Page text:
Many solutions exist to combat and repair shoreline erosion. These solutions range in price, material and classification. Landshore® broadly defines projects into three primary categories: structural, bio-technical and non-structural.
The choice of methodology depends on proper research and investigation of the problem by professional engineers. Depending on the complexity of the problem, such tasks would involve a civil engineer, structural engineer, environmental engineer, geotechnical engineer, surveyor, attorney and other disciplines or specialties.
The selection of viable solutions can only be done based on scientific and practical design approach.
Basic Information on Various Popular Applications
Sea walls or retaining walls
Many solid concrete sea walls observed by our company are slowly deteriorating – usually within 20 – 30 years due to corrosion of steel reinforcement and cracking under hydrostatic pressure behind the wall. Sea wall applications can destroy the waterfront property and becomes a safety issue if the railing and fencing are not properly installed.
Landshore® strongly suggests preventative replacement before any failure may occur. The dewatering and sheet piling process becomes very complicated and expensive when challenged with removing collapsed structures and rebuilding properties. We use a variety of methods to stabilize existing retaining walls showing signs of backfill erosion, unstable foundation, buckling or rotation. Those methods include tie-backs with the highest quality American-made Magnum Helix Anchors and cement or resin injection pressure grouting.
Sheet Piling or shoring
Sheet piling is another structural solution to prevent erosion. Sheet pile design requires a geotechnical engineer to determine soil properties and calculate stability and deflection properties. Without proper backfill and drainage, sheet piles runs the risk of cracking or failure under hydrostatic pressure – which can even be caused by seismic activity of a home too close to the vicinity of the sheet piling.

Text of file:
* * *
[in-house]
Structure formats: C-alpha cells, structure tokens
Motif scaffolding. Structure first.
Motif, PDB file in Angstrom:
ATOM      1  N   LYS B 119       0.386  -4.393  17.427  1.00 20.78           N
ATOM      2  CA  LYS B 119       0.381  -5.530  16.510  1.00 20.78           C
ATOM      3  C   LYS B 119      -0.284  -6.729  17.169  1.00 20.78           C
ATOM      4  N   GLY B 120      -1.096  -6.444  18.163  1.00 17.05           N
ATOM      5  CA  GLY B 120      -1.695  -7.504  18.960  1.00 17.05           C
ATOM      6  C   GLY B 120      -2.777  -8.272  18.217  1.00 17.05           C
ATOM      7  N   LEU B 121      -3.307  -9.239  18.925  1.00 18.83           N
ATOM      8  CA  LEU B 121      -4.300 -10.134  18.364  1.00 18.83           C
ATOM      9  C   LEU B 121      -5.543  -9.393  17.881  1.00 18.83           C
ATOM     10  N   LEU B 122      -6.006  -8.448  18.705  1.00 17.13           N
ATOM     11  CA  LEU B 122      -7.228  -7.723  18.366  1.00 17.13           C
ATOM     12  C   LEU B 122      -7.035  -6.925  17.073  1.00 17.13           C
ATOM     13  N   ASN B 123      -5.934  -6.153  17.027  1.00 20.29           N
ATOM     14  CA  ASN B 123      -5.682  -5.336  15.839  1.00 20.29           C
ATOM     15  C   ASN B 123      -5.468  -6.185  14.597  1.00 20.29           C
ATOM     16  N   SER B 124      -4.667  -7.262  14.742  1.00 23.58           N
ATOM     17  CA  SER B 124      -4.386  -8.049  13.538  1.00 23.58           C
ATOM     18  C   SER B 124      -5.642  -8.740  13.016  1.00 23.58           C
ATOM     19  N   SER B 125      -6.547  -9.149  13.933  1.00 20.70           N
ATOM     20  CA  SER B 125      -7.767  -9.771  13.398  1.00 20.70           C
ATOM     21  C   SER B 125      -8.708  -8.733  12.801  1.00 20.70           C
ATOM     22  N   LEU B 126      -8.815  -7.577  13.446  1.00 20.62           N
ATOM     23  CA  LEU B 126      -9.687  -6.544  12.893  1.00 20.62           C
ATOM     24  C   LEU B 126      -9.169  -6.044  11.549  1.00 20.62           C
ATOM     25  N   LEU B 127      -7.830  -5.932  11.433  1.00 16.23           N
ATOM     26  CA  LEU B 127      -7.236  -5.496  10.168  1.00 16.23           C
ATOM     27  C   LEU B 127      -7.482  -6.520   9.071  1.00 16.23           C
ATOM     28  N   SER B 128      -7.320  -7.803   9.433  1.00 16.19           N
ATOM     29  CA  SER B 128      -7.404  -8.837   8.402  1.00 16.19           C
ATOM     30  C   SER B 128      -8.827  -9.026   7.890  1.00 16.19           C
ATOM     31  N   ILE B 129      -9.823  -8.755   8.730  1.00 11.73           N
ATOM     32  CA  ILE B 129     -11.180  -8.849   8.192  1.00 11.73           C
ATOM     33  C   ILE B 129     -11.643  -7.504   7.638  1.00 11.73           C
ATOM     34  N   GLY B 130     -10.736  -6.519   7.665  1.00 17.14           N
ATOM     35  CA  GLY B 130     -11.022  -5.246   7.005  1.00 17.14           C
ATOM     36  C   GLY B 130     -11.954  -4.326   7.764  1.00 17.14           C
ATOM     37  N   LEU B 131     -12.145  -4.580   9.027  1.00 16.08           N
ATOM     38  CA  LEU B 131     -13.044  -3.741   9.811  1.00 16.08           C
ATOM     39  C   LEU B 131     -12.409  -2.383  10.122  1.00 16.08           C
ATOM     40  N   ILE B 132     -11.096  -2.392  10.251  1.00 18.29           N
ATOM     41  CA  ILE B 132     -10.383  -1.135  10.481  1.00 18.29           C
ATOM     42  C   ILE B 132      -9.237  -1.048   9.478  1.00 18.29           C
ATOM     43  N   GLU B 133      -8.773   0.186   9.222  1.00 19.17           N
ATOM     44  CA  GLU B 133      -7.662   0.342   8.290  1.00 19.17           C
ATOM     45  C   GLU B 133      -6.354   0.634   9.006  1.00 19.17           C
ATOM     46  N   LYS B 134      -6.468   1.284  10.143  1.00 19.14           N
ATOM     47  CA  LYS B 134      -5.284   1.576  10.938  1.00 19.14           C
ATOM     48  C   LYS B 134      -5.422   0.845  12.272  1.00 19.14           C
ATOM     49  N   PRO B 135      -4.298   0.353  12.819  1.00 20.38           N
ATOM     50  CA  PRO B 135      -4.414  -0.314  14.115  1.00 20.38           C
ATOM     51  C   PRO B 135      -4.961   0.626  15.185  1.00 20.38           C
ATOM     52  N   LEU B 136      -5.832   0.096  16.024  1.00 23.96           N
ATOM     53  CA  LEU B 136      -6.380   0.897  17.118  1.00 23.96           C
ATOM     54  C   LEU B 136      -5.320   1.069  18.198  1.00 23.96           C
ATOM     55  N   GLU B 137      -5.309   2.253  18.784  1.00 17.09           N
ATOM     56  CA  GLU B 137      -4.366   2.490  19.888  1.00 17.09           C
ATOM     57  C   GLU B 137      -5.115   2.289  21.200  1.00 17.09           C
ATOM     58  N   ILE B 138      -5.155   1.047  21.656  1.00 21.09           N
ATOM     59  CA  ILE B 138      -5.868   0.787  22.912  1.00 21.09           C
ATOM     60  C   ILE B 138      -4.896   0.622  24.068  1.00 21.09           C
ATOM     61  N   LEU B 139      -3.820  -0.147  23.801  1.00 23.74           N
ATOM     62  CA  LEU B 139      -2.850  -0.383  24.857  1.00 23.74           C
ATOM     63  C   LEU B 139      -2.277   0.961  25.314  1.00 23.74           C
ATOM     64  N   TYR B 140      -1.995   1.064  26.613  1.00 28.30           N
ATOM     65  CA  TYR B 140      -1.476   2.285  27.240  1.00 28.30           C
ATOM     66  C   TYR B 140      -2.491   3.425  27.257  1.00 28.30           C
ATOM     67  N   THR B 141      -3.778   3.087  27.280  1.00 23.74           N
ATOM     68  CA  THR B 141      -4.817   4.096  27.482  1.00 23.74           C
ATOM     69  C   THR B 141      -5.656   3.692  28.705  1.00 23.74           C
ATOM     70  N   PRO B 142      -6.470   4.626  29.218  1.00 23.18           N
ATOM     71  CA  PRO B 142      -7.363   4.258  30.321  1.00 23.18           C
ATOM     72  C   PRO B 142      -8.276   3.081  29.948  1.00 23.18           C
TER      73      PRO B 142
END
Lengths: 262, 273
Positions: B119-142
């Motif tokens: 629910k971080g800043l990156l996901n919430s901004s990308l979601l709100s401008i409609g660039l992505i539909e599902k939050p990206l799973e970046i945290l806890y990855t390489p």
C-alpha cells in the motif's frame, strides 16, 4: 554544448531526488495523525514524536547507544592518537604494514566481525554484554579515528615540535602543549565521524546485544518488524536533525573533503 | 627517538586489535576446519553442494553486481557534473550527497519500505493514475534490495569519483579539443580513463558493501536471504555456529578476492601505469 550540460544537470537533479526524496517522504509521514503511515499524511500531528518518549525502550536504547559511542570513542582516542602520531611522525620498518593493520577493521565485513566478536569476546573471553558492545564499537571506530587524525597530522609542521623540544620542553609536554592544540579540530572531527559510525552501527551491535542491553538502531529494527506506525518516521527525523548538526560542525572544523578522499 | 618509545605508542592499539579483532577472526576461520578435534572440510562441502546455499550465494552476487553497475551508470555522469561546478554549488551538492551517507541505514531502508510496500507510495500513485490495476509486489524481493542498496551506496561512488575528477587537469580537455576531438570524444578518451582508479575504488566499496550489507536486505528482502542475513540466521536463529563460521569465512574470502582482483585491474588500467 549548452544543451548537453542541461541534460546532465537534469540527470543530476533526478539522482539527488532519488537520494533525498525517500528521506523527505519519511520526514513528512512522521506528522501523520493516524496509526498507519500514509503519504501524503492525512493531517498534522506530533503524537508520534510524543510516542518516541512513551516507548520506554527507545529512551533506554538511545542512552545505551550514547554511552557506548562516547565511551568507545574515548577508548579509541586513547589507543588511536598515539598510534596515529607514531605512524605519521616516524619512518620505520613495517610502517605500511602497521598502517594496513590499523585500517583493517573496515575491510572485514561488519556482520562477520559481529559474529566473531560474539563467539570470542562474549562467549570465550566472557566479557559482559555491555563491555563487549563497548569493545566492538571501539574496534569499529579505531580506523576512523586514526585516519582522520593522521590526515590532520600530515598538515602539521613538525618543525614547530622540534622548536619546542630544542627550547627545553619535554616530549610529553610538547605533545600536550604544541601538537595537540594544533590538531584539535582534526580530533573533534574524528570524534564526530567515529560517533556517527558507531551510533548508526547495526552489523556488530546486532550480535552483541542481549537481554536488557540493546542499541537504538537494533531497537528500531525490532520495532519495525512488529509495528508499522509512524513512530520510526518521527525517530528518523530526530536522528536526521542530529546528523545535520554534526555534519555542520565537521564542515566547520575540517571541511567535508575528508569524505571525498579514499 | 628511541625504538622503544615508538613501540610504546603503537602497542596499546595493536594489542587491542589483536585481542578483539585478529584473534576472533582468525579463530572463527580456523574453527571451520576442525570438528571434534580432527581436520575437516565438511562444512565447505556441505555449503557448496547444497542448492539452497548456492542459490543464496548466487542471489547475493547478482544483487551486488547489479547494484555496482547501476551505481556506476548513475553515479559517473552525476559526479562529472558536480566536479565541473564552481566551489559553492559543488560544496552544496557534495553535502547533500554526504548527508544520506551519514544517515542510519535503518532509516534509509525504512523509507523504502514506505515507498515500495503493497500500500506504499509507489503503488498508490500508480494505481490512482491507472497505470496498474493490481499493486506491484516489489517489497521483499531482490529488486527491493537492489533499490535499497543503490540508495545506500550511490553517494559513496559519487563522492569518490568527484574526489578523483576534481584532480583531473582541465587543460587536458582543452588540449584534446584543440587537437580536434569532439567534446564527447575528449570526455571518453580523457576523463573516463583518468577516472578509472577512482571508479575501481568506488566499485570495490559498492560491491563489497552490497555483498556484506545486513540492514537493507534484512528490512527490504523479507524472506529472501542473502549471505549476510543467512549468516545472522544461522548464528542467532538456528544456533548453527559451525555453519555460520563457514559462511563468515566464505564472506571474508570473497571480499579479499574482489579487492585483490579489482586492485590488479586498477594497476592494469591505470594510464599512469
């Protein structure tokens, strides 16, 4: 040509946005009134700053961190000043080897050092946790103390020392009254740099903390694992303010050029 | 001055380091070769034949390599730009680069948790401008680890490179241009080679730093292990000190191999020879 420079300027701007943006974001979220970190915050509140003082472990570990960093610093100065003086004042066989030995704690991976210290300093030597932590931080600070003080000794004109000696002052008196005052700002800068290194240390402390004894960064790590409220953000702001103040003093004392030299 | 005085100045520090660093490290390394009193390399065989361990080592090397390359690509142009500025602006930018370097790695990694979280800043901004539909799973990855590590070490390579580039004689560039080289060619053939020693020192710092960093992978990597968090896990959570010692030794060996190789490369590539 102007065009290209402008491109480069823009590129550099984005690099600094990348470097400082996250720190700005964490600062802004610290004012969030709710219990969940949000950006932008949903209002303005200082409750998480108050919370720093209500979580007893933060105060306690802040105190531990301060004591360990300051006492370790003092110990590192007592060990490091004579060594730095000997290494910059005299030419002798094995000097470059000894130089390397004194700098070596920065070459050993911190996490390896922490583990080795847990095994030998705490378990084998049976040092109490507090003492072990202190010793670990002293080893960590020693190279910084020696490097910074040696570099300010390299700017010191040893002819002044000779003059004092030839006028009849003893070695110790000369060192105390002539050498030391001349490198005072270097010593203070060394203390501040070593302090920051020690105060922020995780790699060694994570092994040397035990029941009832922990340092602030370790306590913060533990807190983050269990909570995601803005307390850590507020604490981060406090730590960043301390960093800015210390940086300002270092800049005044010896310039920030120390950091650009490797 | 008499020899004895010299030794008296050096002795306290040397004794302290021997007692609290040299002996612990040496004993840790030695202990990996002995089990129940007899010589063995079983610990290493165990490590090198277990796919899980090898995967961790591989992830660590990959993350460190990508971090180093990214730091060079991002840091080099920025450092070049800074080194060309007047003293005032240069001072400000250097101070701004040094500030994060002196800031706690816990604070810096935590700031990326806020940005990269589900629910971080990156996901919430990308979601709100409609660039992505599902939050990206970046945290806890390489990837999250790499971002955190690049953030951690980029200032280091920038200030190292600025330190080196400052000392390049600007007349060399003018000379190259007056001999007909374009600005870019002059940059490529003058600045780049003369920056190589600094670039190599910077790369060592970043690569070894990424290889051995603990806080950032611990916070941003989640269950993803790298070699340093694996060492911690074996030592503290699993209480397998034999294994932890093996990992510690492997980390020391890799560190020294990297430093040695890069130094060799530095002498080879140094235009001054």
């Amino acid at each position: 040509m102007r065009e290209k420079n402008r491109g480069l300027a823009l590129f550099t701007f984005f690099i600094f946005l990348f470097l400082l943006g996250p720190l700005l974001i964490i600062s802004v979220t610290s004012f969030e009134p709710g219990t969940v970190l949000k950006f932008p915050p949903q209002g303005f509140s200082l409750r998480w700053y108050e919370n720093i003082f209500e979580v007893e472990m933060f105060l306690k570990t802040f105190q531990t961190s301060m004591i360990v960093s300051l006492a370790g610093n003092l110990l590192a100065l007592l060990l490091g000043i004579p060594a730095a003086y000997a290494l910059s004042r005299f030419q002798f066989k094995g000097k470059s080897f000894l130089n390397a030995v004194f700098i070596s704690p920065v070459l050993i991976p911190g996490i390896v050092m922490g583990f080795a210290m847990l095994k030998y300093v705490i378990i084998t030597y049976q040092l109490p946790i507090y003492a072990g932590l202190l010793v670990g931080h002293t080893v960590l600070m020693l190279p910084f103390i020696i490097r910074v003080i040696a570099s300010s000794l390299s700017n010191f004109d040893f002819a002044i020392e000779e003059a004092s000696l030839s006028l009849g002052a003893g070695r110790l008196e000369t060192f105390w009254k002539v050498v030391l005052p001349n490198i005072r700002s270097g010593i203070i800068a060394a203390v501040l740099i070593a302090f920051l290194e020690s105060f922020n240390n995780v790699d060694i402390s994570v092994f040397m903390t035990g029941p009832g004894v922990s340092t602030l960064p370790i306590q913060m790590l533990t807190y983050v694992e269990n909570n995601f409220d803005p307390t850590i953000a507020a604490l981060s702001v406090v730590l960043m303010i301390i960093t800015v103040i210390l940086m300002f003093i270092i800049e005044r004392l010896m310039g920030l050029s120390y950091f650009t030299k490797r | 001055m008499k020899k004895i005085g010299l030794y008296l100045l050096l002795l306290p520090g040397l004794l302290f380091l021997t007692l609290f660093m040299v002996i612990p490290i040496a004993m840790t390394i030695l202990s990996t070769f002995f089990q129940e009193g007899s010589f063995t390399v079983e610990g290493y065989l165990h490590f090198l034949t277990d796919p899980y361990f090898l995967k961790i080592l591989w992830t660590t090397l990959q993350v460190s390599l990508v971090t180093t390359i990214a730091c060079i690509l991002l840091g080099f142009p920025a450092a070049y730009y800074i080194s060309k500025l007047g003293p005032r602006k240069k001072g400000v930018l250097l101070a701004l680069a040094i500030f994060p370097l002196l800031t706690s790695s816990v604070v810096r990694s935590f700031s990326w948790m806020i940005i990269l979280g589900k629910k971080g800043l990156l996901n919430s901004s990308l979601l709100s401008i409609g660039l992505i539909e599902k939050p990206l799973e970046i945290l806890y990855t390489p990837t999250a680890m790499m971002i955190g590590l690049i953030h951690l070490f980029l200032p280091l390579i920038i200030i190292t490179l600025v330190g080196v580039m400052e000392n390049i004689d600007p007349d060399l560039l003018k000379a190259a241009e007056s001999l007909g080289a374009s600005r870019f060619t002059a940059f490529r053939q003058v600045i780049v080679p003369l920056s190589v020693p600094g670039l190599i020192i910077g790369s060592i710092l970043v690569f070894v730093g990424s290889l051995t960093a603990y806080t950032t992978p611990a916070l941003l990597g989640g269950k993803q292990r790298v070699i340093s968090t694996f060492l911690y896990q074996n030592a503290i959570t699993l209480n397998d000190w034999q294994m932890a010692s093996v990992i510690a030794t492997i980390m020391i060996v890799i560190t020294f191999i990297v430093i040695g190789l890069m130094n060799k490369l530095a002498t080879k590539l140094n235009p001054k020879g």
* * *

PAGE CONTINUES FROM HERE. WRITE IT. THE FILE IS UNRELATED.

Gabions, Sand-Cement Bags, Concrete or Rock Blocks
While the use of cement bags is an alternative to costly sea walls (because it may be installed directly without special equipment), It is important to notice that mechanical properties of soil may not support the weight of cement bags. This can lead to settlement, inward rotation, outward rotation and failure.
Without a geo-synthetic liner, rocks are only creating turbulence around them and accelerating erosion by sinking deeper into the shoreline each time when a wave washes against the shore. It could have an unsightly appearance and become a major safety hazard, since the material becomes extremely slippery due to micro-organisms growth.
Geo-tubes®, Geo-wraps, Geo-socks.
Polyamide sandbags were first used by Dutch government as far back as 1957. Due to relatively inexpensive price point, geo-synthetic containers or tubes became very popular in United States. Thoroughly tested by the US Army Corps of Engineers, this method is widely deployed by many specialists such as Landshore®. Proper geotechnical investigation and bathymetric survey are needed to determine the correct sizes and quantities when selected as a solution.